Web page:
Help for IBS: Medications, Diet, and More
Doctors use very low doses of a certain type of the drug, called tricyclic antidepressants, to treat IBS. "Sometimes patients get upset about being prescribed antidepressants," Kuo says, "but actually these low doses are not used for depression, they're used for chronic pain."
They can cause constipation, though, so they’re best for people with IBS-D. "We don't want to make one symptom better by making another symptom worse," Kuo says. "Instead, we try to use drugs' side effects to our advantage."
Another type of antidepressant, selective serotonin reuptake inhibitors (SSRIs), can cause diarrhea, so these are best for people with IBS-C. Not only do they treat pain, but they may also relieve the anxiety that can come with bad cases of IBS.
Stress Relief and Other Therapy
Stress can trigger IBS symptoms or make them worse. And since IBS itself can make you anxious and frustrated, the cycle can go on and on. Kuo's research shows that relaxation, through practices like mindful meditation and deep breathing, can relieve symptoms.
Talk therapy can teach you tools to handle IBS stress and help you find a more positive attitude about your health -- which may, in turn, help you feel better.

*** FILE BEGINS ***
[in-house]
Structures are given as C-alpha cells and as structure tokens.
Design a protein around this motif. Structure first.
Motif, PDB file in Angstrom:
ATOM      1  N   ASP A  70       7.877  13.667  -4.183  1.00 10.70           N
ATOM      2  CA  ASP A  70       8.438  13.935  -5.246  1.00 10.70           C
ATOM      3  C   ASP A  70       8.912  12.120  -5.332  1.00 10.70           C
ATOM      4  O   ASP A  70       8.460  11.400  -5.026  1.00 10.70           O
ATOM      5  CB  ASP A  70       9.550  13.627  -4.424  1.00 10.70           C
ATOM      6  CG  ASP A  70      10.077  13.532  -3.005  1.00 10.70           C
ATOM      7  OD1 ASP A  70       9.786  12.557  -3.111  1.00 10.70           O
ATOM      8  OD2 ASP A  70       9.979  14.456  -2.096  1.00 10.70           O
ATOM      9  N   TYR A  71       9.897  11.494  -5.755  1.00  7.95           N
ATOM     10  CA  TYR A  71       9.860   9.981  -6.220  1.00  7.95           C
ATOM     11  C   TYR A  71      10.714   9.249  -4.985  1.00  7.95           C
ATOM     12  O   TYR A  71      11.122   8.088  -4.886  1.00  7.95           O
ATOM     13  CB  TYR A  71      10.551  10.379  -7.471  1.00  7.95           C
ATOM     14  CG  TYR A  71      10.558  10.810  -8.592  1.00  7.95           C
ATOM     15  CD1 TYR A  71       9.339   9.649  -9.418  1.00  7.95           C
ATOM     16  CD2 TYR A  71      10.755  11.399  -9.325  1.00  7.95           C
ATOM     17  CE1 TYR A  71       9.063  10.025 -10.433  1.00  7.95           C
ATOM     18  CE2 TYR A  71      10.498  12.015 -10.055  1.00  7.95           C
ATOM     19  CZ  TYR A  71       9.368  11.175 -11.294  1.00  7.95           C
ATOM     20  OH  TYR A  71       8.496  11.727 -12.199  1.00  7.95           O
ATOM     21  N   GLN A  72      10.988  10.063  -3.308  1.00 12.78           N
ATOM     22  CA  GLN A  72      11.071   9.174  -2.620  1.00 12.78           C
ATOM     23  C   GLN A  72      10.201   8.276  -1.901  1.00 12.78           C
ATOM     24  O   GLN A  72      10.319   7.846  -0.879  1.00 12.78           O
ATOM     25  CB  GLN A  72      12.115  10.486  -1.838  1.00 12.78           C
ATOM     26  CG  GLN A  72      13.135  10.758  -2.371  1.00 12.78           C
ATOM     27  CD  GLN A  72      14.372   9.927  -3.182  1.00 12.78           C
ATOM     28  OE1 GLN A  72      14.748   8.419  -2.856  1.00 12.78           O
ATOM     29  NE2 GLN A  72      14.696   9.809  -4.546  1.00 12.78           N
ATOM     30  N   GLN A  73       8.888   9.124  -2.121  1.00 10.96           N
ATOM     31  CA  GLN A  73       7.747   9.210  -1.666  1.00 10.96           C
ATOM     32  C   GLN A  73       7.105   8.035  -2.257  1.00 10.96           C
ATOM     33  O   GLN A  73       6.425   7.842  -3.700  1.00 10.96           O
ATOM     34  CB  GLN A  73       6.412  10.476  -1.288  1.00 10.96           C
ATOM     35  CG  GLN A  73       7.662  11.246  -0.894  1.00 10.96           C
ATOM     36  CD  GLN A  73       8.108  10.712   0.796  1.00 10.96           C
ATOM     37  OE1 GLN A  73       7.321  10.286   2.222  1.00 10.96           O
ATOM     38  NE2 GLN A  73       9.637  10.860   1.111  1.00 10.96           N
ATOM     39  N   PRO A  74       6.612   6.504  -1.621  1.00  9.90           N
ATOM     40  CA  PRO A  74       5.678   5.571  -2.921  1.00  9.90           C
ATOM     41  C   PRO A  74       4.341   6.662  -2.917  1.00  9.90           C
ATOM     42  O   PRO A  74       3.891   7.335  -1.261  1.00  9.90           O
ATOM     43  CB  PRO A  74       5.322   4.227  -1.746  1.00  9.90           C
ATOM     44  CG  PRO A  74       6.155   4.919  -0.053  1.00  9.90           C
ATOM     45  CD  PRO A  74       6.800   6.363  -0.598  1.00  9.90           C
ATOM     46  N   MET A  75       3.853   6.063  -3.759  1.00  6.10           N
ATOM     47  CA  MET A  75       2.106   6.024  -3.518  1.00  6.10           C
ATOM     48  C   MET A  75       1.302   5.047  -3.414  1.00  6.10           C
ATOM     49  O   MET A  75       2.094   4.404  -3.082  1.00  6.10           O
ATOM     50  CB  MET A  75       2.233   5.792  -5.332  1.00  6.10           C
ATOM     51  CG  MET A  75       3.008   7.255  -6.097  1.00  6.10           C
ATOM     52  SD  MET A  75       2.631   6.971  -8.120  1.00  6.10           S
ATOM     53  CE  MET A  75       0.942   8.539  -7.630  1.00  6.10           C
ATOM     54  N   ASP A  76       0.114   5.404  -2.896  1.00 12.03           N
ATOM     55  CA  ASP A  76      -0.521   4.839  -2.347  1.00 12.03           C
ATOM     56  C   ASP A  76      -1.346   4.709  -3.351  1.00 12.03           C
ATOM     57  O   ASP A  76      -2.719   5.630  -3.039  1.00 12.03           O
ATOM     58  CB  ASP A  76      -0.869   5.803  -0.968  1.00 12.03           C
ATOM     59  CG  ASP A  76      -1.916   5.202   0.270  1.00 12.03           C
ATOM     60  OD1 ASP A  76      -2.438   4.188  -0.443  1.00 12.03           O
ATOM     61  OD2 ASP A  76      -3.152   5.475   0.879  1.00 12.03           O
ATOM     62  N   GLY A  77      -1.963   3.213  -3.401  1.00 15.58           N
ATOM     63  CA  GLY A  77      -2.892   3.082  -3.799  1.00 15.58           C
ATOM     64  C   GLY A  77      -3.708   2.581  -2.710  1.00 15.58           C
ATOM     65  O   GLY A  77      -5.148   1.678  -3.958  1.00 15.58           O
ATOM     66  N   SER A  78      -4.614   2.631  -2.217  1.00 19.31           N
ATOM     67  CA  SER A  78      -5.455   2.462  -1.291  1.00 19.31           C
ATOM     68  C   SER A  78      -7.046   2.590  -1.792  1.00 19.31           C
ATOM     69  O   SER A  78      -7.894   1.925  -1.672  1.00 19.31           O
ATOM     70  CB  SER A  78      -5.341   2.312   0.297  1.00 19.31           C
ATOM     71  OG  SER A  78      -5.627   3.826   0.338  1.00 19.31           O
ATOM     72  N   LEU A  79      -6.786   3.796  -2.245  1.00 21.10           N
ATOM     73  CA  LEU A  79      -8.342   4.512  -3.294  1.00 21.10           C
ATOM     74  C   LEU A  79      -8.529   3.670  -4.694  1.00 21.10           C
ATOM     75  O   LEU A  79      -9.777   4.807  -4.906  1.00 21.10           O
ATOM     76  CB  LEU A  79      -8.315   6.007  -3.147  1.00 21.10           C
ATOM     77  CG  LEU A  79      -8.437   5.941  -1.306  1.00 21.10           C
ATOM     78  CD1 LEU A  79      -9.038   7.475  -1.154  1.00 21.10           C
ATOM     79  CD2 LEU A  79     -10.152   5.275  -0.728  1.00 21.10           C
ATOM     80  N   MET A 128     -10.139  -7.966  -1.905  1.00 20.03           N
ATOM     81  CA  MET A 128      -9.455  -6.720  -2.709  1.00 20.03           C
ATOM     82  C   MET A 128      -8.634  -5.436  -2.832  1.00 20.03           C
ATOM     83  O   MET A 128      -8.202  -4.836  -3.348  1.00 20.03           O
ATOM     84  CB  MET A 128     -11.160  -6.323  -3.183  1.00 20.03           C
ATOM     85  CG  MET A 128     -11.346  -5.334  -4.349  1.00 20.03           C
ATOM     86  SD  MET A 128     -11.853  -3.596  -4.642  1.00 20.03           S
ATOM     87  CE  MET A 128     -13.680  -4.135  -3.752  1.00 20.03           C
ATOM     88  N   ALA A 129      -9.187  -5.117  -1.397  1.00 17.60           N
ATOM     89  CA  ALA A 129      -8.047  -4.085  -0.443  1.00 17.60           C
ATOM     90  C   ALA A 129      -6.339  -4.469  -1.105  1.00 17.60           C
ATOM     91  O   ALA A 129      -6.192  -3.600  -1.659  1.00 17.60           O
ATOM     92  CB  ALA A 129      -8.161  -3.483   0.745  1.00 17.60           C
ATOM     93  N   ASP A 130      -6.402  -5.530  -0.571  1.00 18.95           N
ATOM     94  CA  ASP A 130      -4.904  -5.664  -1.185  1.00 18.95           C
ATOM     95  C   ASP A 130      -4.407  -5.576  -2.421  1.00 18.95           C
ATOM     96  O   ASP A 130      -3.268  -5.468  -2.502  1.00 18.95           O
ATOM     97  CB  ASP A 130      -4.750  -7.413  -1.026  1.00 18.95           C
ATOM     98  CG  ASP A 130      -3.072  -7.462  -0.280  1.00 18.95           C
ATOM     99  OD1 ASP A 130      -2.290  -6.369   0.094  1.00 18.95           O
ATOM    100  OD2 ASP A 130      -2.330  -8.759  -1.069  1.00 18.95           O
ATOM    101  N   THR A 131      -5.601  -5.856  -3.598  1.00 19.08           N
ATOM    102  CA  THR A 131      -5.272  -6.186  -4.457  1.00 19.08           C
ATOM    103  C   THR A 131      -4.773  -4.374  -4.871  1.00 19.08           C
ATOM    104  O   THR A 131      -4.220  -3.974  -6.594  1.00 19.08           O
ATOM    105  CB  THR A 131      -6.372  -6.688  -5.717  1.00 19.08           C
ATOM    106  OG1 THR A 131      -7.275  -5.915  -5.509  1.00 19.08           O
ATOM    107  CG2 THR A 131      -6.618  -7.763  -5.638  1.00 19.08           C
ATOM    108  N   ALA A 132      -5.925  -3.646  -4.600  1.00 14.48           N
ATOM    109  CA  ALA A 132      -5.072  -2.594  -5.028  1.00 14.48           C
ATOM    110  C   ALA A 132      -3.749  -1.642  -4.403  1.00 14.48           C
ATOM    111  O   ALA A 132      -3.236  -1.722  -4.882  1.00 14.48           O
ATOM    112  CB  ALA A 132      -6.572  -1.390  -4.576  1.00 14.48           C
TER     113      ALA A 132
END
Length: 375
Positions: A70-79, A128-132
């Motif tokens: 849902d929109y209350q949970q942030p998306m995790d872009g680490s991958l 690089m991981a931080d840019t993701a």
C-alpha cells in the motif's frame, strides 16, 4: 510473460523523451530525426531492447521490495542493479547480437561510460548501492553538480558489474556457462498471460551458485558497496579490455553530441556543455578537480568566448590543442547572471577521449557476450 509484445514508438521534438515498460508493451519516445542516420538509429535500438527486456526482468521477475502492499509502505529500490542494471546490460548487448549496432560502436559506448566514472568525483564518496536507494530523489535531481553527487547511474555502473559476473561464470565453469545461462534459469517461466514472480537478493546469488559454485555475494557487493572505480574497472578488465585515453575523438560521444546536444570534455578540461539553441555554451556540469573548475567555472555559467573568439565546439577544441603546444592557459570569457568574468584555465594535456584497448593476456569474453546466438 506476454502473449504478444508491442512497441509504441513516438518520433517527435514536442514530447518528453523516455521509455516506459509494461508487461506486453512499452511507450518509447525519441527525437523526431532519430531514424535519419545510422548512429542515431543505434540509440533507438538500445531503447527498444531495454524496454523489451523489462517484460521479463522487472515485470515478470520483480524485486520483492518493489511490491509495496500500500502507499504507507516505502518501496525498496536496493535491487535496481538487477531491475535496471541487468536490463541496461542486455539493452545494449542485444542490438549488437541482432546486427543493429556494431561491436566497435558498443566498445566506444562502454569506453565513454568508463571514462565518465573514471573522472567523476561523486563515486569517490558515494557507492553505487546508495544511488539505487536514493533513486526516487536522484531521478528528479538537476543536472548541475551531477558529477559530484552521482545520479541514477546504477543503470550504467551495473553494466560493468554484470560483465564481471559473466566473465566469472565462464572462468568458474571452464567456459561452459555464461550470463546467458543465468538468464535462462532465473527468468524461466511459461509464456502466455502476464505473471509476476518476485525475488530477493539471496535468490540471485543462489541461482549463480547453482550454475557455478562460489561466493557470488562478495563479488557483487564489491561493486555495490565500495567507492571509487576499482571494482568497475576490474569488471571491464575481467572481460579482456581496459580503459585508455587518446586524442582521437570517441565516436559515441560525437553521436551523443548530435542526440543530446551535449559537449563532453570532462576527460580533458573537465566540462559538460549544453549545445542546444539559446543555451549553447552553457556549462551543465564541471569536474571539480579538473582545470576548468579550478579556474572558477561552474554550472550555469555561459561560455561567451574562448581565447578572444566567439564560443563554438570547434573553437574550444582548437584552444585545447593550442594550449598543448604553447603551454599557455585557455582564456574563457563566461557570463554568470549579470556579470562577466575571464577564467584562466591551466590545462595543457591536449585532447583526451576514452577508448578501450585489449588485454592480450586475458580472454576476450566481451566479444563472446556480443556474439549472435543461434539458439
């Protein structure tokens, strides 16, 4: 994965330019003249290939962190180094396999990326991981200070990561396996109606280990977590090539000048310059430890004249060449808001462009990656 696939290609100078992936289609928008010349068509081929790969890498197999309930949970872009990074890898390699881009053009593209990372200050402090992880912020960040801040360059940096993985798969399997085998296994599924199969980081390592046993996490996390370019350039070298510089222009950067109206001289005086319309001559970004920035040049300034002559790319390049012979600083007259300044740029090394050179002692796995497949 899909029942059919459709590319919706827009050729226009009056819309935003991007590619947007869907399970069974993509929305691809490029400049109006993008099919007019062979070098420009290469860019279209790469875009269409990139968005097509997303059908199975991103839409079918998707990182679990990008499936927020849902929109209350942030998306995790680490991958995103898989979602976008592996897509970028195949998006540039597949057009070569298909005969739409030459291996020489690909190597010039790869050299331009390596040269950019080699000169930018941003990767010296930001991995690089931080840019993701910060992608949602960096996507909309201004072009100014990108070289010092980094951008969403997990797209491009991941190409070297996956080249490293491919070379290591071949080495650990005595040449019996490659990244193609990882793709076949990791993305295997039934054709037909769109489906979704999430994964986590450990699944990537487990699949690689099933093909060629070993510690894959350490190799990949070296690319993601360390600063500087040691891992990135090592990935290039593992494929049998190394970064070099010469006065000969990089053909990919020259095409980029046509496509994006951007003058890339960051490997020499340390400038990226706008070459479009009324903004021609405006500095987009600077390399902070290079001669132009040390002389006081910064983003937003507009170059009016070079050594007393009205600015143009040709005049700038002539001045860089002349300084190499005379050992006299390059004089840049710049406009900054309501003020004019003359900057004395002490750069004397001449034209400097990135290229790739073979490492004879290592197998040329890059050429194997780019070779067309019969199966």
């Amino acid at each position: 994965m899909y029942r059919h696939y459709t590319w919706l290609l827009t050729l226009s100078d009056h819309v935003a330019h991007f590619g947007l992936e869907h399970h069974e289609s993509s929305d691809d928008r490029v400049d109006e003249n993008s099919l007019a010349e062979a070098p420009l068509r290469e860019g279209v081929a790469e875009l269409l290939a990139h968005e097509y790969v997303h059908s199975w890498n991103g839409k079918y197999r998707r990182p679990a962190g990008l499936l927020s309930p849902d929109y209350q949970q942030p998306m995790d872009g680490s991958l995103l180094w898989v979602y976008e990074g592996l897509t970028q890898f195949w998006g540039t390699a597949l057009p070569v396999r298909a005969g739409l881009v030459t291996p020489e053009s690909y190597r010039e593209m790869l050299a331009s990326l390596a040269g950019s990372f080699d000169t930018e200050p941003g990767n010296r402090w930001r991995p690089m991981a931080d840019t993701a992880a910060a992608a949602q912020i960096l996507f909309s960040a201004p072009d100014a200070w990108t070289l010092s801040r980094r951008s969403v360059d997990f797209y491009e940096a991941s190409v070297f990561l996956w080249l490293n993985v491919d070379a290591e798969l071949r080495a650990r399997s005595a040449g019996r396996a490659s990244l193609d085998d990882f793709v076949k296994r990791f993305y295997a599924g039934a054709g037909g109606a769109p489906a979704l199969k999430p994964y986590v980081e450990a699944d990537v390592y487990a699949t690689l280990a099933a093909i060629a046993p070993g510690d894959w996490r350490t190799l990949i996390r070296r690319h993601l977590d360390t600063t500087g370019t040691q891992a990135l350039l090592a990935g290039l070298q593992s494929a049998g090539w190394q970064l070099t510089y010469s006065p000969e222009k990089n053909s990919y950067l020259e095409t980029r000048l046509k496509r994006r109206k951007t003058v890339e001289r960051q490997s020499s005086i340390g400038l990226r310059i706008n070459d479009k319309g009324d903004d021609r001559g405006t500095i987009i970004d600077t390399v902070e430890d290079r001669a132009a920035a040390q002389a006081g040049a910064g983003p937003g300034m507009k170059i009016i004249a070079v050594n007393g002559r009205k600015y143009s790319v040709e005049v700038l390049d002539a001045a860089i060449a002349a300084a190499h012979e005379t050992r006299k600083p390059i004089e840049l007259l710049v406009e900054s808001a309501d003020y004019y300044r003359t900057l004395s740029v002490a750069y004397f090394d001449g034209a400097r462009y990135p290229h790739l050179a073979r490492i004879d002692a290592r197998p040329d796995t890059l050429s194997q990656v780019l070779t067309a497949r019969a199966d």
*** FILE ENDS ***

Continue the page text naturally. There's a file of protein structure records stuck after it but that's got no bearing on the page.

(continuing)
Hypnosis by a licensed hypnotherapist may also ease your anxiety about IBS. The procedure works for many people with few side effects. But it doesn't help everyone, and insurance doesn’t always cover it.
Some people try acupuncture for IBS, too. Kuo says there's no good evidence that it works. But it's generally safe, he says, and some people find it helpful.
"If patients believe a treatment -- any treatment -- is going to help them, that can really make a difference," Kuo says. "Many people are so frustrated and pessimistic, thinking they've tried everything. But in reality, they just haven't tried a more individual, carefully thought-out approach."